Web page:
A DONAGHMORE actor has revealed how he began his career with one of the strangest jobs in TV.
Successful playwright, TV presenter and comedian Conor Grimes got his big break after Home Secretary Douglas Hurd announced that anyone believed to be advocating paramilitary action during on-air interviews would be muted.
Grimes duly received a call from his agent, telling him to report to the BBC’s Belfast newsroom, where the corporation’s Ireland correspondent, Denis Murray, explained what he wanted Grimes to do the voiceover for Sinn Fein leader Gerry Adams.
The first challenge was achieving an approximation of Adams’s west Belfast brogue. “Gerry has a lot of teeth,” says Grimes, 45. “To do him properly, you had to keep your top lip still; just move your jaw. I had a TV in front of me showing him talking and had to synchronise my voice with his. I was really nervous.”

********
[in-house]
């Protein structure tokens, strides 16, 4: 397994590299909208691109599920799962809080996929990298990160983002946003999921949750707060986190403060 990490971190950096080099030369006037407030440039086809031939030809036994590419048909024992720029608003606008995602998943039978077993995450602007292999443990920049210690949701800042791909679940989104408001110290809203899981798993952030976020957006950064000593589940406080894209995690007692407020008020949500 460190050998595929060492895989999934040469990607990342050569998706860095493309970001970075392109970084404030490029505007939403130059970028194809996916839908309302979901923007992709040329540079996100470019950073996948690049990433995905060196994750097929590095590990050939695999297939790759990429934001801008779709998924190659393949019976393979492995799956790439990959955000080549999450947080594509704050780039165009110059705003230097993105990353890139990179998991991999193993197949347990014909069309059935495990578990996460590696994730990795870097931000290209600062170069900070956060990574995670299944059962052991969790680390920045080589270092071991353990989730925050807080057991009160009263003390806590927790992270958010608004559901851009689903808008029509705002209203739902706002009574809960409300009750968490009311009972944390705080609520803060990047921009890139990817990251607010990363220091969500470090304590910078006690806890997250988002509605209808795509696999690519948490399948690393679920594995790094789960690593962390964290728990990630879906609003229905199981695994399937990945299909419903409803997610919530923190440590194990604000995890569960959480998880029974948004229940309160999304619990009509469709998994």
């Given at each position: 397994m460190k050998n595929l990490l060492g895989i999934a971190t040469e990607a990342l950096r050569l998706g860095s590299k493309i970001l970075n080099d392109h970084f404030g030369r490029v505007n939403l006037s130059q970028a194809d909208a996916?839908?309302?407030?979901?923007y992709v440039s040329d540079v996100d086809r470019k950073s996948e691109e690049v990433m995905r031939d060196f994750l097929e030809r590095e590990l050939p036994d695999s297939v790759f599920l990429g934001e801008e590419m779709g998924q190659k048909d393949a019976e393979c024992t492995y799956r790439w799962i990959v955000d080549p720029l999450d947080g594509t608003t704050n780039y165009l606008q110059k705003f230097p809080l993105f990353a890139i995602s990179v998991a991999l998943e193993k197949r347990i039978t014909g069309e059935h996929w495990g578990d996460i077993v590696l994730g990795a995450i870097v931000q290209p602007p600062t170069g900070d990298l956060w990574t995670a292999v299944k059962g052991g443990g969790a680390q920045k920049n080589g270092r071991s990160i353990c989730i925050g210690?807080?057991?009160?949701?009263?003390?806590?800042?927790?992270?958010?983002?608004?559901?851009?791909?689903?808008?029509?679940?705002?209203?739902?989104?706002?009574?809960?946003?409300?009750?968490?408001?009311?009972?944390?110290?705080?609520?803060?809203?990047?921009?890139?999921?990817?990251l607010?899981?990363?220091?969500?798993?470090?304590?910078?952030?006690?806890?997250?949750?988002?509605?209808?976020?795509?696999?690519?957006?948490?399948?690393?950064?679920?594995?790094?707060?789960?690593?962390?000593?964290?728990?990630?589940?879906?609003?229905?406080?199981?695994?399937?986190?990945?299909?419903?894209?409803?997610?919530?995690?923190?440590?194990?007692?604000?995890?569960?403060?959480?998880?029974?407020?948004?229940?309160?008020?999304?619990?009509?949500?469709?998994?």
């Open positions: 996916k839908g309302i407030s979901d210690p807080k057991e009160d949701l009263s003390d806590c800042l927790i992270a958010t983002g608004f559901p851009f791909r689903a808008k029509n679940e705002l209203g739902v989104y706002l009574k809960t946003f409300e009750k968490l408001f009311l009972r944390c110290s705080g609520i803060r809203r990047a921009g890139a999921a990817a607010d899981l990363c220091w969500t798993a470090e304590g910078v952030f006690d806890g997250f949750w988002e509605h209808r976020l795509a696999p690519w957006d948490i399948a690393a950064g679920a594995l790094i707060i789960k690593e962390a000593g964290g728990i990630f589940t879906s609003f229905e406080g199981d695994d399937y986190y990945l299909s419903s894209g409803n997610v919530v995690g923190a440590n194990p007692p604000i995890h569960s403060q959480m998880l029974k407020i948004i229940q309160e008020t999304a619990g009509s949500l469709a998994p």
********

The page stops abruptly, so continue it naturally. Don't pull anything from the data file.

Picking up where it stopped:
While providing the voice for Adams may seem risky during a period described by the actor as “bananas”, Grimes never felt at risk. “There is a real distinction made between combatants and non-combatants,” he explains.
However, an incident in 1991 left him struggling to deliver his “lines”.
“The UVF shot these lads in Cappagh and one of the dead was in my class at school. The BBC interviewed Adams and doing the voiceover was a struggle. I was choking up. I remember Denis Murray shouting at me: ‘No emotion. It’s a newsroom. You’re not on a stage!’”
These days, 20 years on from his last voiceover, Grimes has no doubts about the highlight of his stint as the voice of Sinn Fein.
“When Gerry Adams announced the ceasefire in 1994,” he says, “it was my voice that was heard.”